(Series 16, ep.9) If Serena Campbell stopped amid issuing Christmas invitations to reflect for a moment, there must have been a good reason why she and Edward split up. I urge her now to remember that reason(s) and run away from him faster than you can say “laparoscopic cholecystectomy.” Or even faster than that, actually, because the man is Bad News.
He’s making a habit of messing up at crucial times in theatre – but, handily for him, he’s always been able to get Mary-Claire to cover up/take the blame for him. The reason she’s been willing to do this so far is that she’s been sleeping with him. The reason she’s no longer willing to do it is she discovered this week that he’s back with Serena.
It’s sad that Mary-Claire still values herself more in terms of whom she’s sleeping with than in terms of her career and ethics. When she told her sister she’d be going to the wedding in Ireland on her own without a plus one, it did seem like she might have turned a corner in how she viewed herself. Never mind – the point was that she threatened to tell Serena what had been going on – and Edward got all nasty and arm-grippy.
Luckily for her, she has a champion, in the form of Queen of Nurses Colette Sheward, who popped up at the last minute and is going to support her nurse. This made me instantly like Colette a whole lot more than I did last week.
Another thing I liked was the banter between Mary-Claire and Honey. Posh even got involved, and it was quite like the old days of Donna/Maria/Maddie. I wish Honey had been used more in this kind of role throughout her time in Holby, rather than being stuck with the Honey/Posh nomance.
Remember when Hanssen was fairly new to Holby and he would suddenly manifest in various wards like a tall, Swedish ghost and frighten people? Selfie tried a bit of that this week, but because he’s not tall or Swedish the effect was less dramatic. For some reason, he decided to bother the good folk of Darwin, who were busy preparing for a heart transplant. The patient had Asperger’s and didn’t like people he didn’t know touching him. He knew Elliot, so Elliot had to do it. This explains why those dedicated transplant experts Mo and Jonny were nowhere to be seen.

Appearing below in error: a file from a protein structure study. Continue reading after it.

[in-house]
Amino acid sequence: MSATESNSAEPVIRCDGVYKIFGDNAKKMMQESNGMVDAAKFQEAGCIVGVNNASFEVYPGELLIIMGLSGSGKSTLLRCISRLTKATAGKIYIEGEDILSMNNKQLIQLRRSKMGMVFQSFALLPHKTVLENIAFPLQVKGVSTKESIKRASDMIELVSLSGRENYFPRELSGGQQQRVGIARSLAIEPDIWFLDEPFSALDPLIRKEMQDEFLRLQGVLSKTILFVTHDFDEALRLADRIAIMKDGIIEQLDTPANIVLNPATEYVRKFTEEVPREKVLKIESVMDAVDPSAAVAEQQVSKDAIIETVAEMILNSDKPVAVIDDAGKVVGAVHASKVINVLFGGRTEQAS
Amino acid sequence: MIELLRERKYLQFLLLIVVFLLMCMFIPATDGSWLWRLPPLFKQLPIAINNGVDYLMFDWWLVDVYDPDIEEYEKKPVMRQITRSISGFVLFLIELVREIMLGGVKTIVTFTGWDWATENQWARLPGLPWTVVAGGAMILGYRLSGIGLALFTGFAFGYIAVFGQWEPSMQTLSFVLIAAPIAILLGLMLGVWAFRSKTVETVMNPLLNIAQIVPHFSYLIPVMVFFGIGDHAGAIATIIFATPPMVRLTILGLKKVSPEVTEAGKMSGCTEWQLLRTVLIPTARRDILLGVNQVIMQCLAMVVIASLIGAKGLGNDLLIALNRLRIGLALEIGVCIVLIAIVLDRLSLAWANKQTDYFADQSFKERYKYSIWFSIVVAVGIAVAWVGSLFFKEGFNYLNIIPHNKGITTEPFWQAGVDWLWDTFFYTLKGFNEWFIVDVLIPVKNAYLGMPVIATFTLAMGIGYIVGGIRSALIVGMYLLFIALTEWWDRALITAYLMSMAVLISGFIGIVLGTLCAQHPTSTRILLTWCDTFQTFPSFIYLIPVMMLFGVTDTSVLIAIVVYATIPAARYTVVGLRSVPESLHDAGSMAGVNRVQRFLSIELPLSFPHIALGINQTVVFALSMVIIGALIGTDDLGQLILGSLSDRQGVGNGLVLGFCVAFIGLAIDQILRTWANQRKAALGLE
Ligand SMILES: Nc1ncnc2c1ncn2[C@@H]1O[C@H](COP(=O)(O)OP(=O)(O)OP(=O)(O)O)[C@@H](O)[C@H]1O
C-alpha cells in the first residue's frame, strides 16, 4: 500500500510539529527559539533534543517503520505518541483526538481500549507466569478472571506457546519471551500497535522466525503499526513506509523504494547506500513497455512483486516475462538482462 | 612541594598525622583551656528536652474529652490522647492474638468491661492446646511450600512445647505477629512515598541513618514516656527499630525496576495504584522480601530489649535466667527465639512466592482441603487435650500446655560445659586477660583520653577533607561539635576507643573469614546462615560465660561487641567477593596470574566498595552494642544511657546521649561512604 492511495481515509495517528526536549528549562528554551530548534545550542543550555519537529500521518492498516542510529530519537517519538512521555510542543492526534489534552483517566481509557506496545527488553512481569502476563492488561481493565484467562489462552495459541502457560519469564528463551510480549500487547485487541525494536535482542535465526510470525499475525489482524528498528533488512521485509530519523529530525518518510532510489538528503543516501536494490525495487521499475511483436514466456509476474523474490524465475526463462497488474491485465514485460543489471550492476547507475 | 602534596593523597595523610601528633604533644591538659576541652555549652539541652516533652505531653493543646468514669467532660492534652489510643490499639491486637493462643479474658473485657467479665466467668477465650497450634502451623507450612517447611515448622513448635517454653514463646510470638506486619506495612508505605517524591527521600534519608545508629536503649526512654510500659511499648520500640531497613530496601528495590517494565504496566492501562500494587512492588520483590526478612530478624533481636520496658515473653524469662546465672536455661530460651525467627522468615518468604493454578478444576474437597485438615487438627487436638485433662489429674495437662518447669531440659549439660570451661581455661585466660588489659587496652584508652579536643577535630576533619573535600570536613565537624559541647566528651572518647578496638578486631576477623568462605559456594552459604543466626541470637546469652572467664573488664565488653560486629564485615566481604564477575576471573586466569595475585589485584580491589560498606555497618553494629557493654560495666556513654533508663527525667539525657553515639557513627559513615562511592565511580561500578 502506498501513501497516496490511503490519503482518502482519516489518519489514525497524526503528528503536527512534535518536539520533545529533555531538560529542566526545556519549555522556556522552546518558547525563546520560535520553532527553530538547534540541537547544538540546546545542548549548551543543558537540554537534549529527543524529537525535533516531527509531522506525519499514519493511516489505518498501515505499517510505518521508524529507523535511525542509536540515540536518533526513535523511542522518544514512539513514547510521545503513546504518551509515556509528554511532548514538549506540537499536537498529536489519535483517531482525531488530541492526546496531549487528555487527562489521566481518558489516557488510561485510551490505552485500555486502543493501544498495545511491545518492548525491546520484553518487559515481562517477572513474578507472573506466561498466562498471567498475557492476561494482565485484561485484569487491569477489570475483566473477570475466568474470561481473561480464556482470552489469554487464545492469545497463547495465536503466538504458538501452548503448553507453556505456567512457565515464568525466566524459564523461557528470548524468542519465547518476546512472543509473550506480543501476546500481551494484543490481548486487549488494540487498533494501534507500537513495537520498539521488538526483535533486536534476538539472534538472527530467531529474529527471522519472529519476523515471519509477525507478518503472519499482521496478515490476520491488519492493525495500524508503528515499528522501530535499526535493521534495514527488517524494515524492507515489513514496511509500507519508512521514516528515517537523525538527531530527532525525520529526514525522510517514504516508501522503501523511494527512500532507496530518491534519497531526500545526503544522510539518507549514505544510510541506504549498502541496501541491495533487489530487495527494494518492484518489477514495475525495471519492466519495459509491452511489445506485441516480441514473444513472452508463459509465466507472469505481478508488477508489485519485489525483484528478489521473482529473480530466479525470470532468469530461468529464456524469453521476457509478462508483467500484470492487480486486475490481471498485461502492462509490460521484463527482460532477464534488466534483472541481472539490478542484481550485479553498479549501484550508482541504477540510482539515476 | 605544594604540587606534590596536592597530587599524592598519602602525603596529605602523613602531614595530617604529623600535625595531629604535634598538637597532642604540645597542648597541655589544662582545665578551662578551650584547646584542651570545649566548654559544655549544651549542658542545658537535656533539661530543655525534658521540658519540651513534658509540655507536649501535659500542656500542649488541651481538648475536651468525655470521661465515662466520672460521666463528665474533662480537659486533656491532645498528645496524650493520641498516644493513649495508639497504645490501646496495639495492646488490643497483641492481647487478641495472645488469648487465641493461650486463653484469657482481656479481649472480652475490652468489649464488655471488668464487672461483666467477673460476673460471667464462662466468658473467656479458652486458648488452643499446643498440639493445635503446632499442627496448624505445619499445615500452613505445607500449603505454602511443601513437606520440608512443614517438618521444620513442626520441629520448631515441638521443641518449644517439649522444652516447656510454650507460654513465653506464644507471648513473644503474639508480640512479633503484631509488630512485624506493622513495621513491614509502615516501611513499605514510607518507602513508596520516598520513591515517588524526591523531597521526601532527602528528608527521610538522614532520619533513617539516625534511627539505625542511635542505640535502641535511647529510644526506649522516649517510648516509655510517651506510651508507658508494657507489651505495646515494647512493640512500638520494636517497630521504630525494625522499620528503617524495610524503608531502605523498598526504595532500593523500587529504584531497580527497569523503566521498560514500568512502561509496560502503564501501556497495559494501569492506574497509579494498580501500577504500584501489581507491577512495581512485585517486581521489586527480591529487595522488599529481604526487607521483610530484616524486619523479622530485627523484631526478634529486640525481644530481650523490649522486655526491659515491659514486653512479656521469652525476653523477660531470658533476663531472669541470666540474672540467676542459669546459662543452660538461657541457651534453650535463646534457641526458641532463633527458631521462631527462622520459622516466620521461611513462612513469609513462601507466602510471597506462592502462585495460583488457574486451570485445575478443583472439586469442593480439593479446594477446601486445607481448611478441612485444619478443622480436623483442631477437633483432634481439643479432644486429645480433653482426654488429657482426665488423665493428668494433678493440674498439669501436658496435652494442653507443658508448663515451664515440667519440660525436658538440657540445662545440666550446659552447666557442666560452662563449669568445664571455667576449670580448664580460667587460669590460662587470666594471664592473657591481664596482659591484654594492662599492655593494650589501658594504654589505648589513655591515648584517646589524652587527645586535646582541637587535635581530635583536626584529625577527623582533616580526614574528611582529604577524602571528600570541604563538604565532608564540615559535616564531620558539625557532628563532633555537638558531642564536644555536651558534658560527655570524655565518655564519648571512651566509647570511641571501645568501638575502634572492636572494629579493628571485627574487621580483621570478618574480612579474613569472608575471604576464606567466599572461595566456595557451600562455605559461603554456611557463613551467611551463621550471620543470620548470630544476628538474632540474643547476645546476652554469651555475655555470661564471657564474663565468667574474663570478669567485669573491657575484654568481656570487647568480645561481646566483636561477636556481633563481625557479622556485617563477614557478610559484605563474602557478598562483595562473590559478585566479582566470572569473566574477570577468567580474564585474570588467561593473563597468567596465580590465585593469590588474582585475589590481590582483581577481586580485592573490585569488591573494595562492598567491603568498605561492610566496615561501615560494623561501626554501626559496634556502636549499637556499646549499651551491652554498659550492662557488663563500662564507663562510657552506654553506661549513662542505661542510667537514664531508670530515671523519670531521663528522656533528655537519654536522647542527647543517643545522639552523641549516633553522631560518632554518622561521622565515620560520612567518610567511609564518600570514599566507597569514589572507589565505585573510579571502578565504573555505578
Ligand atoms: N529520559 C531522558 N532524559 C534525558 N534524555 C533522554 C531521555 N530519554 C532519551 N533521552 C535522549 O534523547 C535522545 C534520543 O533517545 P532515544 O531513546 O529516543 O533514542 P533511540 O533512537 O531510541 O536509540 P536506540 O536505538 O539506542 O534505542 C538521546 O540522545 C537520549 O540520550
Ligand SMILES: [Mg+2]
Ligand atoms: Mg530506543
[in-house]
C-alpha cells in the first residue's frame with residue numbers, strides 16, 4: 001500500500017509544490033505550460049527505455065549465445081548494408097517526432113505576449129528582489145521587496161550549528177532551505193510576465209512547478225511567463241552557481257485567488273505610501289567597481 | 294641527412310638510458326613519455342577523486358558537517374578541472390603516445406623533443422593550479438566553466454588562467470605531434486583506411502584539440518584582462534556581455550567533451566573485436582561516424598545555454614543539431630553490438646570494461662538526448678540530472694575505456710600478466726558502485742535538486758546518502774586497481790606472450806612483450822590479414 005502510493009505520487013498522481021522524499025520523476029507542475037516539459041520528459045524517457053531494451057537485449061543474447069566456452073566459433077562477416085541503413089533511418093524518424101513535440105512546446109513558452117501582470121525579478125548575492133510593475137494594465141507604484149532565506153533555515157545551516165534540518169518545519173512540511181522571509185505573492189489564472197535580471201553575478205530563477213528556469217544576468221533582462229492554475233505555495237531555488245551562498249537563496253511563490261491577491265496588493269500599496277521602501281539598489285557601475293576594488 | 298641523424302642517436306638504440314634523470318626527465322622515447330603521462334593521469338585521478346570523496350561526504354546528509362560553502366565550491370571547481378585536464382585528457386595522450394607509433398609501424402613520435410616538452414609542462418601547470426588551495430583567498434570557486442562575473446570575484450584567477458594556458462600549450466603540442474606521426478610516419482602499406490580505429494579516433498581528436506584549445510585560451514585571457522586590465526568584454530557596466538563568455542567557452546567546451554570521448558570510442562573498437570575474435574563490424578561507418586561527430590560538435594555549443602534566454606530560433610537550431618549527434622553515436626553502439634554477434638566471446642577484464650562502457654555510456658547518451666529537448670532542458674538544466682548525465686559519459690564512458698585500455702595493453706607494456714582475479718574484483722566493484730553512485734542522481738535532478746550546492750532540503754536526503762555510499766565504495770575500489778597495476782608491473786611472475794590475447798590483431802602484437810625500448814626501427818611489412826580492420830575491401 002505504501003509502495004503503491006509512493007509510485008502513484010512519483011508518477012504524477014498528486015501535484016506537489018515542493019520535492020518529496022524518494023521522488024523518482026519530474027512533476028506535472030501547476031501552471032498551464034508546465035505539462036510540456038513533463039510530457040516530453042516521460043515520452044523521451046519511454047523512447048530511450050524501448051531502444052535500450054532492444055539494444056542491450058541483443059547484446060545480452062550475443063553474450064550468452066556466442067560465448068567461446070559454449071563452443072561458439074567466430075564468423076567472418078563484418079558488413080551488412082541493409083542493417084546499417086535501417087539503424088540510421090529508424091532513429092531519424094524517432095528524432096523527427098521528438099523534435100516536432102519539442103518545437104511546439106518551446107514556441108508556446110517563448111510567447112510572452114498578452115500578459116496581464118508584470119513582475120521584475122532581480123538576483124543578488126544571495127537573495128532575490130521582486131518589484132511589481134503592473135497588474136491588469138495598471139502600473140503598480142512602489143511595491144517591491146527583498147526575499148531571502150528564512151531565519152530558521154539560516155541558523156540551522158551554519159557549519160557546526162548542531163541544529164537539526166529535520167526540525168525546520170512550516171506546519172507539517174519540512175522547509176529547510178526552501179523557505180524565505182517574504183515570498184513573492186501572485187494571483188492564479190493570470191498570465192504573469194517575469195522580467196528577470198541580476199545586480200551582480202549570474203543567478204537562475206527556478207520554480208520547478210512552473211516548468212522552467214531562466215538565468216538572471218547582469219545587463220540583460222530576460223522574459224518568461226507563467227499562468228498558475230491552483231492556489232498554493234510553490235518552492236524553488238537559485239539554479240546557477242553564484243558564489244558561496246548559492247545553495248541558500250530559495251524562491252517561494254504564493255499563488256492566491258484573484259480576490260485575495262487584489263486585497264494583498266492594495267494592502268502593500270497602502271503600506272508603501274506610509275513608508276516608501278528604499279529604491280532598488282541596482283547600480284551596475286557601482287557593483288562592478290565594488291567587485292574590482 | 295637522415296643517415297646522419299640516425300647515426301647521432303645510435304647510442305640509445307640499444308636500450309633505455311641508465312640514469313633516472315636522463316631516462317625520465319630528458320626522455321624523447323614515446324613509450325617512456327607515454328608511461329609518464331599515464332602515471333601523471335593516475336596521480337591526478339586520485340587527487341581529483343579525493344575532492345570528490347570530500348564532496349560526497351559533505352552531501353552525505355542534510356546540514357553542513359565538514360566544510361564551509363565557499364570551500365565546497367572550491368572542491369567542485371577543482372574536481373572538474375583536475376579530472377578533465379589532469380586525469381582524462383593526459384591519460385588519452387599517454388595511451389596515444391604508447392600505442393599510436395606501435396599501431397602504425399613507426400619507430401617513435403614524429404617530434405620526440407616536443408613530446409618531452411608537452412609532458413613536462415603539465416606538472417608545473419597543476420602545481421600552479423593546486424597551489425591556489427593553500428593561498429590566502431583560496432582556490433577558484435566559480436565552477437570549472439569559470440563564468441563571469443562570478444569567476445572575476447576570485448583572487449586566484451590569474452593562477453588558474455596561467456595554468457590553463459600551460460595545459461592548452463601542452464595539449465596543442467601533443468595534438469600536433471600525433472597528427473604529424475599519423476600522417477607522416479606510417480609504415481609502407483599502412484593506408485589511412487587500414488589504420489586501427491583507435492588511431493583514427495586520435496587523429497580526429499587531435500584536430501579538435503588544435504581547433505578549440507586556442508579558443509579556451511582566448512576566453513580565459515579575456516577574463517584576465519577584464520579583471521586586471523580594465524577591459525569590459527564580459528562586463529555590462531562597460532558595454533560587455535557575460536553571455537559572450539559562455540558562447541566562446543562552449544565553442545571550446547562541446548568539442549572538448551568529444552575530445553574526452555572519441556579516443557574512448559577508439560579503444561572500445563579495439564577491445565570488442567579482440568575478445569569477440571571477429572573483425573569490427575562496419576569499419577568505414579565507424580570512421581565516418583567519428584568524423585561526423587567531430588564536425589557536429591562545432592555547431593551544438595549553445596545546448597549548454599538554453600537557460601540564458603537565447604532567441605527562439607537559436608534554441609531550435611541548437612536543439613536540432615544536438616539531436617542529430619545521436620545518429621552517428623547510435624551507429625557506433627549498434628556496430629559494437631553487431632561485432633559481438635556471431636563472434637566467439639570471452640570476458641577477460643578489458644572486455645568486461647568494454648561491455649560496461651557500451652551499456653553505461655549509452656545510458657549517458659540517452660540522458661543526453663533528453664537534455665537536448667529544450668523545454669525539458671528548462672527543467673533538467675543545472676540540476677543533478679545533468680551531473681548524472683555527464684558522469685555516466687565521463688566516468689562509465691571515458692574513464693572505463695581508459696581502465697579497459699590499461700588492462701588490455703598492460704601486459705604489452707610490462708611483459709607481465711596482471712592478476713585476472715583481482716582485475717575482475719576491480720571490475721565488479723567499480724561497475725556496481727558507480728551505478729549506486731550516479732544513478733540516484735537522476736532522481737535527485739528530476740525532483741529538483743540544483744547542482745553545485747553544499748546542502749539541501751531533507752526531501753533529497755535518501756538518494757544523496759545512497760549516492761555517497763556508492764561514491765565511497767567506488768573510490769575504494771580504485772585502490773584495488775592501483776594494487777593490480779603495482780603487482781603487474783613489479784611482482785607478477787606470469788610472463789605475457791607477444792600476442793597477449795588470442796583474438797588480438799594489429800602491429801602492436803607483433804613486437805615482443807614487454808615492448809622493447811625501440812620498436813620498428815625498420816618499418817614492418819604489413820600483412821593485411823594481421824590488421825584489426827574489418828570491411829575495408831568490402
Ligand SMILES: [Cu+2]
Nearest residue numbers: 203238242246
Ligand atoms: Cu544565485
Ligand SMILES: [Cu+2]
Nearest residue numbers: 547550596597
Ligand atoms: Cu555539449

When the donor heart became unavailable, Selfie had a plan. Giving the patient the Herzig robo-heart would be excellent publicity for the hospital. Why, he even had a “mate in the States” who was all agog to hear about the Herzig. A live video link-up of the procedure would be set up immediately!
Jac had reservations (she also had the best line of the night: “Who buys flowers nowadays? They’re more of a garnish than a present”), but Elliot couldn’t resist Selfie’s flattery and the lure of putting his precious Herzig on view to a wider audience.
Predictably, it all went pear-shaped. Jac was right, Elliot was wrong, and he was left contemplating a rather disgusting-looking pizza. This is not a metaphor for the mess the patient’s chest was in – it was an actual pizza, designed by the patient specially for Elliot.
Keller was a bit strange this week. Zosia was there, though she’s been on Darwin recently, and so was Sacha. He’s inherited Malick’s teaching mantle and had a herd of students following him around. In honour of the occasion he’d chose a shirt/tie combo that I can only describe as “busy.”
Zosia wanted to move into Chantelle’s old room in Digby’s house, but he wasn’t keen, doubtless fearing that his quiet existence of nerdy pursuits and heartbroken sniffling would be interrupted by having Zosia pouncing on him at tediously regular intervals.
There’s something going on between Saucer and Selfie (I know what it is but I’m not spoilering) – she walks away whenever he appears, which seems like sensible behaviour to me.
Digby was hilarious – I love his attempts to empathise. His patient was a man who was found to have a wooden initial M piercing his colon. It was a pendant that had belonged to his late wife. Digby, maybe channelling Chantelle, adopted his best concerned voice. “Did you swallow the pendant so your wife’s initial could be close to your heart?” The man said no – perhaps he’d accidentally dropped it into his minestrone. “We’ve all been there,” sighed Sacha.